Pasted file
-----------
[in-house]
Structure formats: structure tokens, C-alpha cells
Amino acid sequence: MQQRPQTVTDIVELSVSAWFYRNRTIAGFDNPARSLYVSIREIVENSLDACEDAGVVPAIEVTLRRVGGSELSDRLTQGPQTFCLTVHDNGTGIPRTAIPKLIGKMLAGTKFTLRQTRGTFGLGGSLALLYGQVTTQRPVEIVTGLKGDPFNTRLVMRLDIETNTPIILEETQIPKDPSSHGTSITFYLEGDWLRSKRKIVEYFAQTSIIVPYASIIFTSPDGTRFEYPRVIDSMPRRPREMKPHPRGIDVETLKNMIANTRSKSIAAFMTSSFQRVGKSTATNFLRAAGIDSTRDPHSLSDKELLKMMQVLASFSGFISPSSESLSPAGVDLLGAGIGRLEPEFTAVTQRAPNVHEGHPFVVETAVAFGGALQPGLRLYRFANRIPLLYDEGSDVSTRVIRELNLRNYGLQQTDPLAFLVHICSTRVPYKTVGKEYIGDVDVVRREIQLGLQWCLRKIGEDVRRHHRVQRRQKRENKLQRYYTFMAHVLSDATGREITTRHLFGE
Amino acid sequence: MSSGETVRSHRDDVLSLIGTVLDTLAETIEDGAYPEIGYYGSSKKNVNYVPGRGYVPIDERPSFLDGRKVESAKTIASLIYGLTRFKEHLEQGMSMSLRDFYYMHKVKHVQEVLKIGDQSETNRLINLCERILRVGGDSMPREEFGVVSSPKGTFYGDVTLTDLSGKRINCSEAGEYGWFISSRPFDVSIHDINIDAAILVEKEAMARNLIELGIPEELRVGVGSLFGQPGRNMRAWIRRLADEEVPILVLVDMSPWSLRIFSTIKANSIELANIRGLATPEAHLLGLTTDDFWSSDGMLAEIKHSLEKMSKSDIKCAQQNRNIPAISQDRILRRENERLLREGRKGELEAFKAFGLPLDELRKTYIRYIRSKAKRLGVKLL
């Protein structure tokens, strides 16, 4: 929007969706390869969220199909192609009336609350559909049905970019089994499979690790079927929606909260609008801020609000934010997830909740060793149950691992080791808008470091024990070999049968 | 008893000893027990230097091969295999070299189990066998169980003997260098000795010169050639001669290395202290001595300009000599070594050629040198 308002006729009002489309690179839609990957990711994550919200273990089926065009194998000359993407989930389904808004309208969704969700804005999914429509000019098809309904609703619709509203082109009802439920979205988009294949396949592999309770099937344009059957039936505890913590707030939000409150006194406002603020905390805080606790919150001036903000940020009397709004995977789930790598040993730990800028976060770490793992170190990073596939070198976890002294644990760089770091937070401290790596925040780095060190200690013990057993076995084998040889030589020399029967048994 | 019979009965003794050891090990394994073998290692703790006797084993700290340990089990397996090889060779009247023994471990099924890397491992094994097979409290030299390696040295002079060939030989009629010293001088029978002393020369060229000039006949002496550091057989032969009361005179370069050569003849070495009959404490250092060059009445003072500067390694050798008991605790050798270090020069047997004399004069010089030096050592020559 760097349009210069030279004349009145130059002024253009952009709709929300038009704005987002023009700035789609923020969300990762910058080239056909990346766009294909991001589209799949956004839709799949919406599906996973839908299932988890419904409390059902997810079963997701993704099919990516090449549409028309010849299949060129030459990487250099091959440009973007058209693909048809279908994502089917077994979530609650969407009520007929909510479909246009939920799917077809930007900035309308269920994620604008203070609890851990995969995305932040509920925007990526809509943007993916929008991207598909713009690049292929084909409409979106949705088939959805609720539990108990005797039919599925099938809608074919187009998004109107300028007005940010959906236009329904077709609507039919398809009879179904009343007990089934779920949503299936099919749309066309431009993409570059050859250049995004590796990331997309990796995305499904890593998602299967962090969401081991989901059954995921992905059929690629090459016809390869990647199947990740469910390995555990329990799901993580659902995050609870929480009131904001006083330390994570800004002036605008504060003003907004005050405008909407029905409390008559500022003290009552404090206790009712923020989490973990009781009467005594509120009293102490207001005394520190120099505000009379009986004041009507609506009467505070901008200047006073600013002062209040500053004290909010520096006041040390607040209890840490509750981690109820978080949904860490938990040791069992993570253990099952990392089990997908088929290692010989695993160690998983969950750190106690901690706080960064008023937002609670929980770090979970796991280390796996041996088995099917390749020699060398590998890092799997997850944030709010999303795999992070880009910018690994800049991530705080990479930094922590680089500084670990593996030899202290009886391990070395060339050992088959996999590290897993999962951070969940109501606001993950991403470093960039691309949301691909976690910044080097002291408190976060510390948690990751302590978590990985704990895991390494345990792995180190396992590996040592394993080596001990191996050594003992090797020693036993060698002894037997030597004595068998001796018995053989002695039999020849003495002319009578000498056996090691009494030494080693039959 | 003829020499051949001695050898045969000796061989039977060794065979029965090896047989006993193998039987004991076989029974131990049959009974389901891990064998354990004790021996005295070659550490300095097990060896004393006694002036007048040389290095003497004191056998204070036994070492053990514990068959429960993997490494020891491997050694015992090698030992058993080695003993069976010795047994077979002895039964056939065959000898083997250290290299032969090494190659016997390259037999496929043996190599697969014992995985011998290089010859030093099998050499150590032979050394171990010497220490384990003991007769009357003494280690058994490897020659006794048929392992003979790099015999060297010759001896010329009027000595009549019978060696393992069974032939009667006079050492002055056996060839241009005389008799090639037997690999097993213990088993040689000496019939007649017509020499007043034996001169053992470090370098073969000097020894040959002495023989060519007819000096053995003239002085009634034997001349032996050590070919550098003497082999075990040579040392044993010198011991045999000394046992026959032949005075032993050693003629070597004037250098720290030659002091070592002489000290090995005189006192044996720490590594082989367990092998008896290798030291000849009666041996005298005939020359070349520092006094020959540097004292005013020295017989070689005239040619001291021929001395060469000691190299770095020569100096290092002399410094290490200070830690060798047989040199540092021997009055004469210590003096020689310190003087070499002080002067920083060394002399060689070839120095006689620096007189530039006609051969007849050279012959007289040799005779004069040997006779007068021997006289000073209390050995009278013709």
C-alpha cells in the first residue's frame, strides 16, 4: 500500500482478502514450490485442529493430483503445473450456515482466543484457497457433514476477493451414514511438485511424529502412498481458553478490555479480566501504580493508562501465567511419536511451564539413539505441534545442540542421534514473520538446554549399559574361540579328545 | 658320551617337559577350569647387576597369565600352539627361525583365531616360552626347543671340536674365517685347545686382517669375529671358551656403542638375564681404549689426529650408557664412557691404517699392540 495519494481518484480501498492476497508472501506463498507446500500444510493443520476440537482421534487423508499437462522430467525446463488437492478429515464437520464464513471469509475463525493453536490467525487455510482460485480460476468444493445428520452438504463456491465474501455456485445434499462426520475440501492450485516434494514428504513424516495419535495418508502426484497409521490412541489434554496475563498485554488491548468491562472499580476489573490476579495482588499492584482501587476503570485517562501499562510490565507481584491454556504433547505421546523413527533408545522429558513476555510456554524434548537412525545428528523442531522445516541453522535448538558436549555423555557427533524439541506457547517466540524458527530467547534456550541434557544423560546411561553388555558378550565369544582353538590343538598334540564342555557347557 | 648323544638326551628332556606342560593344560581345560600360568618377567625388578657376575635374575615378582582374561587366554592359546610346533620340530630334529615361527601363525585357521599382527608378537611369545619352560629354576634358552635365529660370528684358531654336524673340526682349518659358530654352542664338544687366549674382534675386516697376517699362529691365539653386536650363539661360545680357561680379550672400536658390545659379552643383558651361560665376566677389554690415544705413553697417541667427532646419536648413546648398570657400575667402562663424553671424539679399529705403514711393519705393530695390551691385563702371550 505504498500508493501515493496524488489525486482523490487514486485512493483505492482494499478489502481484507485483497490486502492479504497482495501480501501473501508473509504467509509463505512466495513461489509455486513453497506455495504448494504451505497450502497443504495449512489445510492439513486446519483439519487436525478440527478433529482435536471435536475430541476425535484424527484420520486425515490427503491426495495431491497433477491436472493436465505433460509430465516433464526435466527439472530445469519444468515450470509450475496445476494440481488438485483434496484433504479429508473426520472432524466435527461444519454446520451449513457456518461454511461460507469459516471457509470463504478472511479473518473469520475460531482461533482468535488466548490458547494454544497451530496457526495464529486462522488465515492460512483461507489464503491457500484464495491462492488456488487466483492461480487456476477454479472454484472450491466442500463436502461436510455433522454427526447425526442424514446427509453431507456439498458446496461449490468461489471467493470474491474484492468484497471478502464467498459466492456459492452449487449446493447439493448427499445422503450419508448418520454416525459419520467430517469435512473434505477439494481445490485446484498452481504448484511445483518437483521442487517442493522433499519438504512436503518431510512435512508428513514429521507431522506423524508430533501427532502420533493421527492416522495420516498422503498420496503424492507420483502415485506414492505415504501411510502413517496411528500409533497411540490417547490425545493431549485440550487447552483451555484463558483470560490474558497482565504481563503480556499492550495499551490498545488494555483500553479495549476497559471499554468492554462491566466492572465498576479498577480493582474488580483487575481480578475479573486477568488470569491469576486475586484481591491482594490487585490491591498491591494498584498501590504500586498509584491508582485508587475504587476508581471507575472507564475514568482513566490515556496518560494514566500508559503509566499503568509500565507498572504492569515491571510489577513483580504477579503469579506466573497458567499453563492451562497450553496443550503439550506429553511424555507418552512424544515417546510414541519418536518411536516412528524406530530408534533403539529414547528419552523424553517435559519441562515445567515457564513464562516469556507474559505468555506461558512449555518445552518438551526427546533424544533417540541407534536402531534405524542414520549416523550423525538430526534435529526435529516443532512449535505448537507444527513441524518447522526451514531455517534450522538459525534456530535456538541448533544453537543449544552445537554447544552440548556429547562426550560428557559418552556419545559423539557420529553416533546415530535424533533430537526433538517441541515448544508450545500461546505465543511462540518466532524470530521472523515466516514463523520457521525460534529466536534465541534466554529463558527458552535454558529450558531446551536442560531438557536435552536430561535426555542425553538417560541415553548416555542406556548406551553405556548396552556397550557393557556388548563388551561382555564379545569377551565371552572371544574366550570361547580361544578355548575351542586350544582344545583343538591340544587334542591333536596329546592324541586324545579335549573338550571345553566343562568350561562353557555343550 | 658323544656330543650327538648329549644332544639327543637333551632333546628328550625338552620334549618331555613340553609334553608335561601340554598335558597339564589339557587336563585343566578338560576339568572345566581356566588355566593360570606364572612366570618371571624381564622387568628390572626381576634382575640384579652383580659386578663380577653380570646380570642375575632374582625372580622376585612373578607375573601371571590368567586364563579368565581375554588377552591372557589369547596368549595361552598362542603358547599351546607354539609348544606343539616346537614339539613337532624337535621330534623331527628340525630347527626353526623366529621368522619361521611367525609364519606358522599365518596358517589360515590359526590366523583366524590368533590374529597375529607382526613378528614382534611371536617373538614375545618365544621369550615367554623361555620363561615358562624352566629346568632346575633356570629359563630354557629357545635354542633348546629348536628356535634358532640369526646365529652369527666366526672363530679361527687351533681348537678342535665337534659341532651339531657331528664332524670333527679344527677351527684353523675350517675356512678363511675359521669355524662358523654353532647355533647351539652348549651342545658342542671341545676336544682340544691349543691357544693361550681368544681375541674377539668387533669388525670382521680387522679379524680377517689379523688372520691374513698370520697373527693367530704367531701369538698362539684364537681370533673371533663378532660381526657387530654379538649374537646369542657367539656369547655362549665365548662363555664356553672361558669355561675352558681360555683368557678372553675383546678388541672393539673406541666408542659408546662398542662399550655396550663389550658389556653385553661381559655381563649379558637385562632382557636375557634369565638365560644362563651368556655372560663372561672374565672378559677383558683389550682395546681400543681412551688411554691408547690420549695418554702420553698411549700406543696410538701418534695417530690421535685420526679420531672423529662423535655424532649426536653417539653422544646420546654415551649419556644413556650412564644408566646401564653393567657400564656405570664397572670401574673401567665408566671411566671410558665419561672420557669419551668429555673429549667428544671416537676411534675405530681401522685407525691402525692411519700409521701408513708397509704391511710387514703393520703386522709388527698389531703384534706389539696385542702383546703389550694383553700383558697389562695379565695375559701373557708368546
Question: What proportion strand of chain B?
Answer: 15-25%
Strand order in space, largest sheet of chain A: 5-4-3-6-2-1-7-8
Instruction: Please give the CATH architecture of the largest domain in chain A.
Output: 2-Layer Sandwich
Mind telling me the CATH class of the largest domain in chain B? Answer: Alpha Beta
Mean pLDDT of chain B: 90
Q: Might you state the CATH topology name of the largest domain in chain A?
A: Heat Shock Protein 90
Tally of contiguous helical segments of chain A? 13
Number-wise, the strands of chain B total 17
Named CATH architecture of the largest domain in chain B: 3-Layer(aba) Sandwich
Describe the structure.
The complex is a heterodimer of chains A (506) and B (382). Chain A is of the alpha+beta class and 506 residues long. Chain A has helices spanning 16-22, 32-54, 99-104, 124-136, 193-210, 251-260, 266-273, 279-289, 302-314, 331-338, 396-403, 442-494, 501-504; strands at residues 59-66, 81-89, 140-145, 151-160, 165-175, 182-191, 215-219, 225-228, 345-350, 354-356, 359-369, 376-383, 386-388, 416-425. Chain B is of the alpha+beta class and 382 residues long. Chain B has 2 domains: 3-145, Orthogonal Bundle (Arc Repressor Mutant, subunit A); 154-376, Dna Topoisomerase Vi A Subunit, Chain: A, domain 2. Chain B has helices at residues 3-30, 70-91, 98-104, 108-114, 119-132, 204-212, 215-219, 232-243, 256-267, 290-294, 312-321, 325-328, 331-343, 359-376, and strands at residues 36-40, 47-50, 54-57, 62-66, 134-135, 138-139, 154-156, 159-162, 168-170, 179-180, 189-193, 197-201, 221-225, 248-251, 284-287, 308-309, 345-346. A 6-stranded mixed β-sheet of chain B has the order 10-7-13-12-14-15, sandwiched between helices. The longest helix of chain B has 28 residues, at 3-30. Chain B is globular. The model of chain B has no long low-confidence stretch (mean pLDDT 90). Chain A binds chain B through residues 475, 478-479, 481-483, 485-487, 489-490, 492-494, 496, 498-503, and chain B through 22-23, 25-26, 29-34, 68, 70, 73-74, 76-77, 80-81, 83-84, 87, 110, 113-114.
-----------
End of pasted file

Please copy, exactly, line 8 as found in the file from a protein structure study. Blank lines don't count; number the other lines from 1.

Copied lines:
Answer: 15-25%